Virgin ground crew will not go on strike after the TWU struck an agreement with the airline for a new pay deal.
The union said the proposal, set to be put to staff imminently, includes creating more full-time positions and a commitment to avoid outsourcing.
The TWU had already gained permission from the Fair Work Commission to take industrial action, but that course of action is now unlikely.
“Virgin will re-establish its job classification structure after it collapsed when ground workers’ pay needed to be bumped up to award minimum rates,” said the union.
“The correction to job classifications means experienced workers who sacrificed the most will receive the highest pay increases between 8-20 per cent in the first year, followed by a universal 6.5 per cent increase across the subsequent two years of the agreement.
“Workplace safety will improve through commitments to introduce an extreme weather policy and roster team numbers to a safe standard, as well as correcting poverty pay that had led to workers juggling second or third jobs.”
The resolution comes despite the carrier’s cabin crew also being on the verge of taking industrial action against the airline.
The TWU is separately negotiating a new enterprise agreement with them and claims the business hasn’t “held up its end of the bargain” after its staff helped the airline recover from administration and COVID-19 to record a $129 million profit for FY23.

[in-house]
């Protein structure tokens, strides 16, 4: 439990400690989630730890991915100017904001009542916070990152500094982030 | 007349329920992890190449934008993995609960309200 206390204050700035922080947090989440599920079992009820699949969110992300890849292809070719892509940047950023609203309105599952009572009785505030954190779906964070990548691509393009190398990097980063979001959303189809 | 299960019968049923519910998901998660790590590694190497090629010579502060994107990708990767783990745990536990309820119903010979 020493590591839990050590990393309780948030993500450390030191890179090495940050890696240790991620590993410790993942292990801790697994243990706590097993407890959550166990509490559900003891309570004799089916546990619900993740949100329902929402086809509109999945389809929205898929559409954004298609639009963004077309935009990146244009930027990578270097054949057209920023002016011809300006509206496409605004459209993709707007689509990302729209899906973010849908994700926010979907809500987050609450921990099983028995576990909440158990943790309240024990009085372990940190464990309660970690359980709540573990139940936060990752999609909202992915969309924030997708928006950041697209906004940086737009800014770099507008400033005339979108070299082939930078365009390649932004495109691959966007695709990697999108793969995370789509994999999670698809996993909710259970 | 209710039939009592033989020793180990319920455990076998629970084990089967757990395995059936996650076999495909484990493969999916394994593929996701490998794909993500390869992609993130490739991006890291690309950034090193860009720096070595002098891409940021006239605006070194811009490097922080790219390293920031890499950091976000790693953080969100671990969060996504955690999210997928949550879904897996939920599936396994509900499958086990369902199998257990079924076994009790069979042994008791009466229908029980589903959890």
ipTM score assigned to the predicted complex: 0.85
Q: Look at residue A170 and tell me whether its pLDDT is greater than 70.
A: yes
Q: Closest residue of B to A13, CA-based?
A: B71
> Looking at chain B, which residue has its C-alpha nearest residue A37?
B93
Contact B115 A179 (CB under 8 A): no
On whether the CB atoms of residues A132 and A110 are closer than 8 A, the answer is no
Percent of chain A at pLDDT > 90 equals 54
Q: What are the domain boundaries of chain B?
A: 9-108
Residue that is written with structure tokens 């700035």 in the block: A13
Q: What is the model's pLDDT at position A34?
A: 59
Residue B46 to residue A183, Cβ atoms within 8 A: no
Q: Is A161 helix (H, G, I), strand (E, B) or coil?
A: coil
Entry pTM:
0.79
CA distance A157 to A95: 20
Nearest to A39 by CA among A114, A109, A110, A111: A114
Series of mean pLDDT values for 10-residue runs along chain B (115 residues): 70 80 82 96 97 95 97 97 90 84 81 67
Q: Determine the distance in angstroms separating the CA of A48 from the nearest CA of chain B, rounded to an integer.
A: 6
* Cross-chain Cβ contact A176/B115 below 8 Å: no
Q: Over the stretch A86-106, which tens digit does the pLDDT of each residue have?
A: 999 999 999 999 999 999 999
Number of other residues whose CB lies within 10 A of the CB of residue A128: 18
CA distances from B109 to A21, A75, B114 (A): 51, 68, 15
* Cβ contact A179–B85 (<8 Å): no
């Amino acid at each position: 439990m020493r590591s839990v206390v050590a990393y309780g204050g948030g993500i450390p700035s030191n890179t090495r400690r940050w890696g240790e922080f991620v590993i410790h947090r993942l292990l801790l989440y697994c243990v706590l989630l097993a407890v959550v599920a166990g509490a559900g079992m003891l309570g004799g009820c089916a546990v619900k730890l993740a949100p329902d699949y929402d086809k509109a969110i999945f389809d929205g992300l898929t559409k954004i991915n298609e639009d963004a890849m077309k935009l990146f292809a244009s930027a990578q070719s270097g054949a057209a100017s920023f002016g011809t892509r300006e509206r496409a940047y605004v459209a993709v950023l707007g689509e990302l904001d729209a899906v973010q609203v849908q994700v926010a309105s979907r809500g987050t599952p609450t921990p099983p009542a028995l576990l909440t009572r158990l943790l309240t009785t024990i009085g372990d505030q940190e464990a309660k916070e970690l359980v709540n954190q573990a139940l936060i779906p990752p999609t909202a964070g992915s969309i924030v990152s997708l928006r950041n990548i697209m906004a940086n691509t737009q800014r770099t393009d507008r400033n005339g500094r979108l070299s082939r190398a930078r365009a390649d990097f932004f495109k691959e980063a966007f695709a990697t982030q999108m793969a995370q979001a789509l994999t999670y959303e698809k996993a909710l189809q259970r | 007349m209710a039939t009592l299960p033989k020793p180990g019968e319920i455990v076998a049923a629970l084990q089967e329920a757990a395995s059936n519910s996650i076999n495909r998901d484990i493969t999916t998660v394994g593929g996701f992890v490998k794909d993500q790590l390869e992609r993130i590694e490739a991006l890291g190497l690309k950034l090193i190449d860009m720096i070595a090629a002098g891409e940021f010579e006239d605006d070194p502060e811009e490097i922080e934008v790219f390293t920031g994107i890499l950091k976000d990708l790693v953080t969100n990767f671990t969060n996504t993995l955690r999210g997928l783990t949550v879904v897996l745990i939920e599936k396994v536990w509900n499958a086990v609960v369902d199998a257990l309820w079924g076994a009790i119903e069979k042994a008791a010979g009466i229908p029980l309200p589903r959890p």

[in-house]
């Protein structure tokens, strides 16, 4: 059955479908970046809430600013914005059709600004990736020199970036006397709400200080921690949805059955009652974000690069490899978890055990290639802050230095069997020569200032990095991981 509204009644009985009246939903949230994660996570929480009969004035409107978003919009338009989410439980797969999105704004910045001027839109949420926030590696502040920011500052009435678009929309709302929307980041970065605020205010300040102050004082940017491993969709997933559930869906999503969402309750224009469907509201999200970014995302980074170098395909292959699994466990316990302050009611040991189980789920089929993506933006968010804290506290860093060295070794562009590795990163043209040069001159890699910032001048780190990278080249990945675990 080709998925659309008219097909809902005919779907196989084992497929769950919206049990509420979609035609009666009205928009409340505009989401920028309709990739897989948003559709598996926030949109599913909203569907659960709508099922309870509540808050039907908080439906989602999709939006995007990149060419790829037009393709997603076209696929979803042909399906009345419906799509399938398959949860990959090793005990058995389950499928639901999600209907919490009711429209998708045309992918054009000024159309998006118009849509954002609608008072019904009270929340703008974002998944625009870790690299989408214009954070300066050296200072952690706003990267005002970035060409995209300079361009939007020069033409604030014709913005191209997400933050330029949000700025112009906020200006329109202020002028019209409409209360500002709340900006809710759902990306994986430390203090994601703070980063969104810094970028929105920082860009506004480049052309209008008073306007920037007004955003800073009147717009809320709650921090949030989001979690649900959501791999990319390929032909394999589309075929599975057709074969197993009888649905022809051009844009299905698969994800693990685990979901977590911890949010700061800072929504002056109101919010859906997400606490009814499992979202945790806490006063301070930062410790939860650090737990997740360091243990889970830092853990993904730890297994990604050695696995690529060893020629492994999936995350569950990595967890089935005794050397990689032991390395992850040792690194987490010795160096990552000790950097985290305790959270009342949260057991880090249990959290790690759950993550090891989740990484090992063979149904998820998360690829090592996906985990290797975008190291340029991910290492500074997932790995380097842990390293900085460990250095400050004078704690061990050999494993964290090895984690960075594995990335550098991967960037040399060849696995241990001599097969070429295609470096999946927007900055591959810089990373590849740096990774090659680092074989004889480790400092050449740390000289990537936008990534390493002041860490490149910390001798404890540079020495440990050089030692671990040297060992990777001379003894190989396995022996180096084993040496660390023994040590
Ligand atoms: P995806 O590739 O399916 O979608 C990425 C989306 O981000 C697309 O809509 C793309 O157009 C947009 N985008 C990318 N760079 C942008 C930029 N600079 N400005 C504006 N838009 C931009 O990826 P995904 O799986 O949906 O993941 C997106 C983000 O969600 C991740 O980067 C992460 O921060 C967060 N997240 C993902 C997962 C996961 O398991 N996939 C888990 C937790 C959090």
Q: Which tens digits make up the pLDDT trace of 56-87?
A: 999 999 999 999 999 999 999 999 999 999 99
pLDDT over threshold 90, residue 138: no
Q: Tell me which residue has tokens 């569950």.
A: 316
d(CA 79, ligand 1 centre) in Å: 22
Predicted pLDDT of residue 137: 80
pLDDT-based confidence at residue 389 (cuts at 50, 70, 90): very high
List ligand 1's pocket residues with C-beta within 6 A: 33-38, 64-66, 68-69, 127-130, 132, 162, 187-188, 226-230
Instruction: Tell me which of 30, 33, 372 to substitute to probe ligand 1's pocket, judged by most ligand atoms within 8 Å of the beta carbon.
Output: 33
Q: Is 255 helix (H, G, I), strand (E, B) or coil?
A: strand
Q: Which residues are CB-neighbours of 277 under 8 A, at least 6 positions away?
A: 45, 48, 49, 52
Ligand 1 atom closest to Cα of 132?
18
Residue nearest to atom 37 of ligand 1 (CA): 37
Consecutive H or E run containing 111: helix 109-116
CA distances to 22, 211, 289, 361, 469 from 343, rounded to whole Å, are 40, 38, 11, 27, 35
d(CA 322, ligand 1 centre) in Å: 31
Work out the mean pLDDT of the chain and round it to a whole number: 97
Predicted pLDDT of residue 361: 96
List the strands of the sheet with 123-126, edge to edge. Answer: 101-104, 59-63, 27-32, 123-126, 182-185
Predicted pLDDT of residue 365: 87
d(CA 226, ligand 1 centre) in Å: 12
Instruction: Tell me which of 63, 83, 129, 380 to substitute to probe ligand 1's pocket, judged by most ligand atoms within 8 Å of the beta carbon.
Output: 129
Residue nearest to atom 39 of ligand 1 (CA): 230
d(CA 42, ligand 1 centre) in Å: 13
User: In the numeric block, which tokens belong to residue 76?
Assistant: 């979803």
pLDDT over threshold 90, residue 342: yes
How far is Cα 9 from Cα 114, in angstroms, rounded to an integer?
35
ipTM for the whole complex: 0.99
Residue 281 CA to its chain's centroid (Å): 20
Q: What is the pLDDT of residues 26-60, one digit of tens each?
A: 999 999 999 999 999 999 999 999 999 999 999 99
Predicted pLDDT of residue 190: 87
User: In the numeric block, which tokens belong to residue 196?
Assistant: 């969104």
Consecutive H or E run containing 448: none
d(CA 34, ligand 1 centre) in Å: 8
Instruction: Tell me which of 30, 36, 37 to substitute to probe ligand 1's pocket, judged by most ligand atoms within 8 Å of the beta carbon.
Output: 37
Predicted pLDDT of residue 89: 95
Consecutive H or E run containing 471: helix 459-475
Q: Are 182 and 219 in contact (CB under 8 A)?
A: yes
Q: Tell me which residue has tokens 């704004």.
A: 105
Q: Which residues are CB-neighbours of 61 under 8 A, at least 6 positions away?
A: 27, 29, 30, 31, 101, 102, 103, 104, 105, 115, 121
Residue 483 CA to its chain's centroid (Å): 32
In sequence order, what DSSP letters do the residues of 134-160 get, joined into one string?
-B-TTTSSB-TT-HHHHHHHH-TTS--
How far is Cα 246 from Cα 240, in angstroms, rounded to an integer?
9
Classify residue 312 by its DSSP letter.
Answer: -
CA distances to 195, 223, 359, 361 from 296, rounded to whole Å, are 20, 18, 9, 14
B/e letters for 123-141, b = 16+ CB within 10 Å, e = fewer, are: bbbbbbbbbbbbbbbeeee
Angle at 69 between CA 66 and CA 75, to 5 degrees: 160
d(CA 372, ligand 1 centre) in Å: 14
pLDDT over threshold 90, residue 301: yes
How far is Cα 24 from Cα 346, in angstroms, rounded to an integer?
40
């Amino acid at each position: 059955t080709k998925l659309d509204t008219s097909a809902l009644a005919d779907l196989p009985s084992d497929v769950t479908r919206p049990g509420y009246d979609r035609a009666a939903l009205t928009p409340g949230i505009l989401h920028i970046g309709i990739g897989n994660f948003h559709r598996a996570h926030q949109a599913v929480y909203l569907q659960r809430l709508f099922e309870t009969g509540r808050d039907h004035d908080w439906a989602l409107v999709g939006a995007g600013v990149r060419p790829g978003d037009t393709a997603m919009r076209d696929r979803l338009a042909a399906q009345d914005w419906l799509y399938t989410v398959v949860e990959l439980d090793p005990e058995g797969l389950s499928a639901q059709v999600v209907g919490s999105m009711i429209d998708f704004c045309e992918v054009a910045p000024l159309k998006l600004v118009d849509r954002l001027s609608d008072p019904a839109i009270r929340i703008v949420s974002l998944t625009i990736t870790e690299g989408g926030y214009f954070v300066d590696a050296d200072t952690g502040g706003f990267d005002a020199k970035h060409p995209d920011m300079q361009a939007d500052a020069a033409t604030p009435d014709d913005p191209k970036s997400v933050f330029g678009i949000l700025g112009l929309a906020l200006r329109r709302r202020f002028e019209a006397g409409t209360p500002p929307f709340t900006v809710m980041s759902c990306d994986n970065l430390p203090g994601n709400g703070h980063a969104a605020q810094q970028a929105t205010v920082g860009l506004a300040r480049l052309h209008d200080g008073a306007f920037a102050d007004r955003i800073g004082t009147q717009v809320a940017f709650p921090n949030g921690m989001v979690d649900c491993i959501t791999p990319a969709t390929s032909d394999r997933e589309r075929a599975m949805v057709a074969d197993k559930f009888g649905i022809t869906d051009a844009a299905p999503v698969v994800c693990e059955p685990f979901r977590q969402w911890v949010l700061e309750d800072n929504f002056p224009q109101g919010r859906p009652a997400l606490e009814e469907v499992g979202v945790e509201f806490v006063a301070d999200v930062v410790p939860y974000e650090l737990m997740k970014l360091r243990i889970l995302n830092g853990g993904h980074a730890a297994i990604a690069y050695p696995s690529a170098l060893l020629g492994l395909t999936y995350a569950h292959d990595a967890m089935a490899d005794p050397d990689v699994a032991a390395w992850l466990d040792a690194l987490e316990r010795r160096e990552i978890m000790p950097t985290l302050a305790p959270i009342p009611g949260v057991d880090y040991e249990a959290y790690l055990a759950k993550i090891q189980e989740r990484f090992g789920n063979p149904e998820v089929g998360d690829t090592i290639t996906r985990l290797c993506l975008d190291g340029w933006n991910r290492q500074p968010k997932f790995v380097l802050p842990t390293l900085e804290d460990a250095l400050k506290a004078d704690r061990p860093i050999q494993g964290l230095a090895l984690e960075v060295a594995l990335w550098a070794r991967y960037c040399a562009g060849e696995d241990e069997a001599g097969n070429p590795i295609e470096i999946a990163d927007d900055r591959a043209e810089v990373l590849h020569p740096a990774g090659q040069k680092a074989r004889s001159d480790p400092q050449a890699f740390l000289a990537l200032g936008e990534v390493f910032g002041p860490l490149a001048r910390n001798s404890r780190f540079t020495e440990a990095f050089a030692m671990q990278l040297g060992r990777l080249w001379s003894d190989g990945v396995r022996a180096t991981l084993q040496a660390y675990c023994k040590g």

In response, Virgin insisted it was committed to reaching an “amicable solution” and said the previous agreement only expired recently.
“Our cabin crew, ground crew, and pilot members have all reported fears of mistakes being made due to their unsustainable working conditions, made worse by high turnover, fatigue-related absenteeism, and juggling second or third jobs,” said the union’s national secretary, Michael Kaine.
“Workers are utterly exhausted, with several cabin crew members reporting near-misses on their drive home from long shifts.
“We need to see a considerable shift in Virgin’s bargaining approach to ensure a fair, sustainable enterprise agreement offer and avoid last resort strikes.”
The TWU first applied for permission for a strike ballot of workers last month and claimed the airline failed in an application to have strike notification times extended from three to seven days.
It also wants an annual $1,000 employee share scheme to run in conjunction with any relisting on the ASX.
The breakdown in relations is a long way short of when Kaine hailed the performance of the new Virgin management on the Australian Aviation podcast in December 2020.
“They’ve stuck to the arrangements they said they would put in place to keep the scope of the company,” said Kaine. “And holding to that means the starting points of a bridge of trust being built between us.”
It followed the pair striking a quick deal that saw employees accept an 18-month to two-year pay freeze in exchange for a guarantee that no jobs would be outsourced.
Unions at one stage walked out of negotiations when rumours first emerged that former boss Paul Scurrah was to leave to be replaced by Hrdlicka.